The raft of measures announced by the Government in response to coronavirus, has certainly propped up many businesses in the short term, with many being able to take advantage of JobKeeper and JobSeeker programs.
Also recently announced, is the $2 billion JobTrainer program – a two-part package aimed at ‘retraining and upskilling’ Australians in high-growth sectors, including manufacturing.
One part of the package is aimed at subsiding wages for those currently employed in apprenticeships and traineeships, extended till 31 March 2021. This is a generous package that does not require a reduction in turnover, and it is also available for medium-sized businesses (up to organisational size of 200 people).
The second part of the package is aimed at supporting school leavers with low-cost courses – with manufacturing identified as a priority for funding.
However, for manufacturers, whose biggest threat to business is shortage of labour, the JobTrainer package - while very welcomed - is a bandaid fix that will not be enough to keep all current apprentices and trainees in their jobs; or be enough to attract new ones, especially in this period of uncertainty.
Without the longer term focus on new incentives or subsidies to encourage employers to take on new apprentices or trainees, the manufacturing industry will suffer.
It’s well known that the future success of Australian manufacturing must embed Industry 4.0 capabilities to survive. Yet, this also requires a shift from ‘blue collar’ to ‘new collar’ workers as the sector increases advancement in technology, with a digitally-driven modern manufacturing supply chain.
This will require investment in workers who undertake vocational education and apprenticeships, more so than manual labour. While the payment of low-cost courses is a great start, only paying for part of a pathway is not the best incentive for school leavers, and given the historical stigma associated with vocational education, more is needed to boost its relevance in today’s modern manufacturing world.
In terms of wage subsidies; right now, manufacturers are looking at how they can continue in the next 8-9 months. According to a BDO poll taken this week, many manufacturers are optimistic about the manufacturing output in Australia in the short term, (85% expect PMI to stay the same or increase in the next results) – however, at the same time they are putting in place measures that consistently assess their cash flow, defer payments and negotiate contract terms.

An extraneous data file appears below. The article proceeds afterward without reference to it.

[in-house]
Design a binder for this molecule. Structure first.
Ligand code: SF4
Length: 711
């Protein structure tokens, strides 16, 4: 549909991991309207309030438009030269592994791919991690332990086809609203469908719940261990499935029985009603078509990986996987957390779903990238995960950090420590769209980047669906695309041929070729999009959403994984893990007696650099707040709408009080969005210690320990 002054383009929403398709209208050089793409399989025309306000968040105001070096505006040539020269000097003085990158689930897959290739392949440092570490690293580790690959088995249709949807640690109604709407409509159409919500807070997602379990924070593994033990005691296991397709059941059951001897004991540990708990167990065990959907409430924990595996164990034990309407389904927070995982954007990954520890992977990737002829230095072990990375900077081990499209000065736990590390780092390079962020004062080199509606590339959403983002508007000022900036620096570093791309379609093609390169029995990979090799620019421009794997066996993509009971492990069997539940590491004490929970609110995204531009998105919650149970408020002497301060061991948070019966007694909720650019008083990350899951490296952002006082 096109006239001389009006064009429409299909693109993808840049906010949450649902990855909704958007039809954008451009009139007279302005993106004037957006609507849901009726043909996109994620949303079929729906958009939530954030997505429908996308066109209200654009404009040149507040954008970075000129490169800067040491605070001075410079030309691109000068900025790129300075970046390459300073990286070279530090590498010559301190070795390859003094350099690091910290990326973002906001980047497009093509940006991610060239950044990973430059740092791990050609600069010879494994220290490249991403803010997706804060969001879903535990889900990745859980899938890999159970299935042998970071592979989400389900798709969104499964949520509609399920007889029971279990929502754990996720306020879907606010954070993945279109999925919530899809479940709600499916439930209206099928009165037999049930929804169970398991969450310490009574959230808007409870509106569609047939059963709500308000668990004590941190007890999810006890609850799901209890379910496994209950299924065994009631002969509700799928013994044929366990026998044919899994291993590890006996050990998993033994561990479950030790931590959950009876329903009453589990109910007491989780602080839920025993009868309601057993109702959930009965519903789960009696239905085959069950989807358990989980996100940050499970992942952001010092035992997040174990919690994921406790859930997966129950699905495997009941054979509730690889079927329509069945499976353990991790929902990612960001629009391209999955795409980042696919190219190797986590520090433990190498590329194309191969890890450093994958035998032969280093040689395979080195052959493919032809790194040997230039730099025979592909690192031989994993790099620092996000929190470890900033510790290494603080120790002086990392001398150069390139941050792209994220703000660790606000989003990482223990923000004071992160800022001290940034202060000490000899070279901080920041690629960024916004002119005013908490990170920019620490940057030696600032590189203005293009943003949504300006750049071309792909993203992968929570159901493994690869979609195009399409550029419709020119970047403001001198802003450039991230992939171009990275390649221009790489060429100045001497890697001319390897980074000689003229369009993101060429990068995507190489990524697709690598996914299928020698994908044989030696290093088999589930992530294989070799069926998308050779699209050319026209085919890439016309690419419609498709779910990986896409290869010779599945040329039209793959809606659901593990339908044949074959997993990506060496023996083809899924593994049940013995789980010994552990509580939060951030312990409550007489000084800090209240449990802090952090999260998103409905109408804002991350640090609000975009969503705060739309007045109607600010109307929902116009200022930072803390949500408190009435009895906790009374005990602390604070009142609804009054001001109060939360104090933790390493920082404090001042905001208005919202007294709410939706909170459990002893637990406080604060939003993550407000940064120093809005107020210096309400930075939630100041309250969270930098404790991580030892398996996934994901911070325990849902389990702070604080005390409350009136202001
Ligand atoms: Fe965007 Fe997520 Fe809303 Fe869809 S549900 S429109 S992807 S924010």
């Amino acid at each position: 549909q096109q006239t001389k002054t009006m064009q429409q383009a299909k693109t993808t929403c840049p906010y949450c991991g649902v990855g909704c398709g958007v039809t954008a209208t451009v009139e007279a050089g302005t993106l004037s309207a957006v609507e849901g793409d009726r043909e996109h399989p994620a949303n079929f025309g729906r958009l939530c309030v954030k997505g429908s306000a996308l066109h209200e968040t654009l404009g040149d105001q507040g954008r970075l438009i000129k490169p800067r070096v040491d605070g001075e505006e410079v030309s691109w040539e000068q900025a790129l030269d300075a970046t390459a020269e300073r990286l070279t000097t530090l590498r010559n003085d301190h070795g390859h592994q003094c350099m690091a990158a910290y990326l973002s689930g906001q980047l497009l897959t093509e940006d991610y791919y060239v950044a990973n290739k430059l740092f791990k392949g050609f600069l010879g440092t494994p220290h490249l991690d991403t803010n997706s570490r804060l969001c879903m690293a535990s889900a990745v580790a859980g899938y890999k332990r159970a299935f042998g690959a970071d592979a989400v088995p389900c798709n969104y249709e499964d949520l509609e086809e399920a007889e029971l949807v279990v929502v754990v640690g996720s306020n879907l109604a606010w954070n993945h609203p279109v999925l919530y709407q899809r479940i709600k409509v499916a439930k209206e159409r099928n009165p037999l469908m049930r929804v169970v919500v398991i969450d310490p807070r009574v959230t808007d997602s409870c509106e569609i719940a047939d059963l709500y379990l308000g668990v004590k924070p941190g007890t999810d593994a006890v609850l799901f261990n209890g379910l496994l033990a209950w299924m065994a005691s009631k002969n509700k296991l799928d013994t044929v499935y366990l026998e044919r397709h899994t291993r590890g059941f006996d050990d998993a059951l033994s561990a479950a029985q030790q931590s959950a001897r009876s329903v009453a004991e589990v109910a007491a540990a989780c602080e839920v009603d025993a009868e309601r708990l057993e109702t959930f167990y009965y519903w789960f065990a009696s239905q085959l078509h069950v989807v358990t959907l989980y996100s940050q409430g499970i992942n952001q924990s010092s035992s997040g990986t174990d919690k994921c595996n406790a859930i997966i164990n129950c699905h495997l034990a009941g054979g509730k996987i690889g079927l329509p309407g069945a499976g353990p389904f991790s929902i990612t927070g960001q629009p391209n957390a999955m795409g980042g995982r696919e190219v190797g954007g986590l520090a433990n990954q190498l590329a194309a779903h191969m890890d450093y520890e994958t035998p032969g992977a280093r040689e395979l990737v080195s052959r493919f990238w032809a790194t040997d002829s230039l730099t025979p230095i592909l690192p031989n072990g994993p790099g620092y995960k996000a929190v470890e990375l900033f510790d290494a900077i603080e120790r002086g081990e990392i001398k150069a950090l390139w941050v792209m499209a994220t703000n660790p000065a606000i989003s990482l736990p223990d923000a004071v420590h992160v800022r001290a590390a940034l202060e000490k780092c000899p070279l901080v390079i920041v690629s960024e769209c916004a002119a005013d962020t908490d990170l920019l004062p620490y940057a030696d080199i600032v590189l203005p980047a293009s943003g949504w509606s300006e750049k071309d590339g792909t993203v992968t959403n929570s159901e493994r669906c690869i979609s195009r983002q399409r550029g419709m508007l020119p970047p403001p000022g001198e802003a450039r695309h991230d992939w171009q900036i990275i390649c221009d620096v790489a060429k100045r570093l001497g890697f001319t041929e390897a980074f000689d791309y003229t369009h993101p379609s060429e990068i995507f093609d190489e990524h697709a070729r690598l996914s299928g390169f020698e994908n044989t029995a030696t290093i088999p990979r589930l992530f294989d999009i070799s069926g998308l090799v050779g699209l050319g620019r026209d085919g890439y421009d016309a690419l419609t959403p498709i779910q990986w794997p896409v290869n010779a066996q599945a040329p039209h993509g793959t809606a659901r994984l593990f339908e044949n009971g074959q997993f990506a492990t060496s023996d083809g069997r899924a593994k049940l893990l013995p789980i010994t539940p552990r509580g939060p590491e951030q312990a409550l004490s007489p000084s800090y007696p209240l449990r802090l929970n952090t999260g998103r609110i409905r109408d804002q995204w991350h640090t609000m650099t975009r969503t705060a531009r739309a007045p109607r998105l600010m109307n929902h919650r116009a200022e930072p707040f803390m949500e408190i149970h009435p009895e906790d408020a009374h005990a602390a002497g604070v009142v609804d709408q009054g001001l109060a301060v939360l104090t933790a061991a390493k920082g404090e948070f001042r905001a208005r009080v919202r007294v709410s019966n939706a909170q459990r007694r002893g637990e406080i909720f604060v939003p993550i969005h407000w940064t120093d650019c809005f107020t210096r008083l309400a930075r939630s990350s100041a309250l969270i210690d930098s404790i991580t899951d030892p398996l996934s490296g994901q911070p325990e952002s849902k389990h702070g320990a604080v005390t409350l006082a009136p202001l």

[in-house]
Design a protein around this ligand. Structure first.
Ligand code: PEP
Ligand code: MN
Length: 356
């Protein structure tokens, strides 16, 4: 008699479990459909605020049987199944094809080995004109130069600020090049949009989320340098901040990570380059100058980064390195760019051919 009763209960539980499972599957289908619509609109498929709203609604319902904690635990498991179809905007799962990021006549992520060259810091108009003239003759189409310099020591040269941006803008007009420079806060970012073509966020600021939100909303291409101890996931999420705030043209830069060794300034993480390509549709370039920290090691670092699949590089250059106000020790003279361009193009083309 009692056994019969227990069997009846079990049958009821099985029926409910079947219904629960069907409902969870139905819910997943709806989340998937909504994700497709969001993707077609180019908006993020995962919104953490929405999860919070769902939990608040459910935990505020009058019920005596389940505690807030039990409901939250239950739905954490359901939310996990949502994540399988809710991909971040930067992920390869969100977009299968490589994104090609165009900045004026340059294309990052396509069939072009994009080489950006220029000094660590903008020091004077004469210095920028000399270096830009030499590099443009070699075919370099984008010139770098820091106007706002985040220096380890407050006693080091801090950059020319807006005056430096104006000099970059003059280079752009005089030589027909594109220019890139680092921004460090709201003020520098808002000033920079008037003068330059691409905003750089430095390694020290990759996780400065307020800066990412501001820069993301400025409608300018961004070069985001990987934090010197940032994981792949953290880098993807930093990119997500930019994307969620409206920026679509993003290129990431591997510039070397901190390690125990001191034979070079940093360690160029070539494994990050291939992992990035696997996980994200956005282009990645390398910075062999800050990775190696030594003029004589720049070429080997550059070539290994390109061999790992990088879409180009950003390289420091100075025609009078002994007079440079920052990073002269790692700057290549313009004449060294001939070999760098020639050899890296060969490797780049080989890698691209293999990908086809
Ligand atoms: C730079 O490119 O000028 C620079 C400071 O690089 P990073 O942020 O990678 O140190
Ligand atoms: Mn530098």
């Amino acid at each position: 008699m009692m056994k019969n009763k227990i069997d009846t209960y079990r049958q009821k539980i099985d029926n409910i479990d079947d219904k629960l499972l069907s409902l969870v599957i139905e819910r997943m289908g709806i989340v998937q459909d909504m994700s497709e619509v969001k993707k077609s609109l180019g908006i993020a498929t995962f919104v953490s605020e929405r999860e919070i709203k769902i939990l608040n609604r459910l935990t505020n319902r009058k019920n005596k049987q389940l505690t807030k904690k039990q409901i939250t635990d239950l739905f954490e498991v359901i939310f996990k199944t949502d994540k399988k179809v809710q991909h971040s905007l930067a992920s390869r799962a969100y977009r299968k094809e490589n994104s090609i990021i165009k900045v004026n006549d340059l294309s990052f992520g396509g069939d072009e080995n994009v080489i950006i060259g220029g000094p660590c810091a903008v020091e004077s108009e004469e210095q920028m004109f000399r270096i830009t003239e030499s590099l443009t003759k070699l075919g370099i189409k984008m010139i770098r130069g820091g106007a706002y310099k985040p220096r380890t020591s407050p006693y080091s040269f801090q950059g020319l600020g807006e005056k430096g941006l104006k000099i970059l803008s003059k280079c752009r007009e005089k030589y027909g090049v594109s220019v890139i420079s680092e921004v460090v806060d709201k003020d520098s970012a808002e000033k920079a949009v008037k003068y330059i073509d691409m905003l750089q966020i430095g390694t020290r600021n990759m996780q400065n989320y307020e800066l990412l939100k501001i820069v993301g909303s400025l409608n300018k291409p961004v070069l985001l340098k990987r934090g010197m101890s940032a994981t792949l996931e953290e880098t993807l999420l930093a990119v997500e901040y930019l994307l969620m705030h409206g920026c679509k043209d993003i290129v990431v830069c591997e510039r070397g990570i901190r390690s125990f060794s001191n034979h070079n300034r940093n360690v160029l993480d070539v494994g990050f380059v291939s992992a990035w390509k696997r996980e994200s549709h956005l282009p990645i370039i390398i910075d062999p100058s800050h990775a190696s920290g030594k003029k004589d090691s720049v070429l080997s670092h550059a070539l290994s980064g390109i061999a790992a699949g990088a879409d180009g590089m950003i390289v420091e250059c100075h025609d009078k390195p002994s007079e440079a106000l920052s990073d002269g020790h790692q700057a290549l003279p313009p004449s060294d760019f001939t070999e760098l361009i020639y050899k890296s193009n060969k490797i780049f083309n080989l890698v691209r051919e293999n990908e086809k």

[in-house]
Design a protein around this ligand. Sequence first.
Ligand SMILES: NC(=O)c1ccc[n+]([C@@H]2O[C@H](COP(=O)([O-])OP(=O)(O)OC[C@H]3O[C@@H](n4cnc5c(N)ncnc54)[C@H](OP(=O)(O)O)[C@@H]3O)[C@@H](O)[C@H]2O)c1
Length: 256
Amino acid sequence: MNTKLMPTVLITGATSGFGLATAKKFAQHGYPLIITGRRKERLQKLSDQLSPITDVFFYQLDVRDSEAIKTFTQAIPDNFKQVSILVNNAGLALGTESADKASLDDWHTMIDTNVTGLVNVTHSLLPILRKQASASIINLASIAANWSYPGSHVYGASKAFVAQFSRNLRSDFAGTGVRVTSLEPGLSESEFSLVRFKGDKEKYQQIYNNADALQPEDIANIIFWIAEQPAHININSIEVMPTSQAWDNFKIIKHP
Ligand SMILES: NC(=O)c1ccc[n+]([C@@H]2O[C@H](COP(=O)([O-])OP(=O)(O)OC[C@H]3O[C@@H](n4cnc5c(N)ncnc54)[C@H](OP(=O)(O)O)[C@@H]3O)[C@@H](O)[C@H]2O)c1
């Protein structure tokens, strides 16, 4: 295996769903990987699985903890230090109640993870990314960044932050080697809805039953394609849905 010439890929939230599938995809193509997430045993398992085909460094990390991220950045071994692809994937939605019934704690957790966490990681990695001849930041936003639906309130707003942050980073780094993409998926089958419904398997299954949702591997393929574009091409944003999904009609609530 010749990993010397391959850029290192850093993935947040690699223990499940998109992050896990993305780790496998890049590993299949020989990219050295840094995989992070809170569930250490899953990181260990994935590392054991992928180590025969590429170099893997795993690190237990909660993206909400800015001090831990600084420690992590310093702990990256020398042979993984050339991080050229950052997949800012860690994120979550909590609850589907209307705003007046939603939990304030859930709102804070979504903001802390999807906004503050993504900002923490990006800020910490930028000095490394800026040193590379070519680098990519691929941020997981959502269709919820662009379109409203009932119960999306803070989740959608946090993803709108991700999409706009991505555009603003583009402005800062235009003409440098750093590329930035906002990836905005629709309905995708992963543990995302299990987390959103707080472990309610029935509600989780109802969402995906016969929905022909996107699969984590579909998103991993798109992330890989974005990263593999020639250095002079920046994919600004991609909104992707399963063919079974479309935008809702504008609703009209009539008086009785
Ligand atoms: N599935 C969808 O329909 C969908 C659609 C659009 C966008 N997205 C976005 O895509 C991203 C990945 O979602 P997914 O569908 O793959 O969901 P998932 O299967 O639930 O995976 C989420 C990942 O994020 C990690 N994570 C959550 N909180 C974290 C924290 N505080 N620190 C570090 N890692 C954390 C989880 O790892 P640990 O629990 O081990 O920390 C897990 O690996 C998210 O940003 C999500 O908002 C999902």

Watch this week’s webinar and view the poll results.
Given this, it may mean they are less likely to take on new trainees, or worse still, let go of their current apprentices. If we reduce the number of new apprentices now, we aren’t going to see the effects of this for another four years, when those apprentices are finishing their courses – this coupled with the pace of change in the sector currently, the manufacturing sector will be left behind competitively.
Now is not the time to be taking the foot off the pedal and the Government needs to be accelerating their plans of assistance.
We are also starting to hear from many manufacturers that they will be reluctant to utilise the R&D incentives once it is officially reformed, given the high cost of compliance and little benefit.
In the same BDO poll taken this week, we found that only 33% of manufacturers would consider accessing the R&D Tax incentive if the draft legislation is passed and the effective benefit is 4.5%.
This means, there’s opportunity for the Government to better funnel that money elsewhere, and Rethink the manufacturing sector - setting up stronger foundations now, so we can remain globally competitive into the future.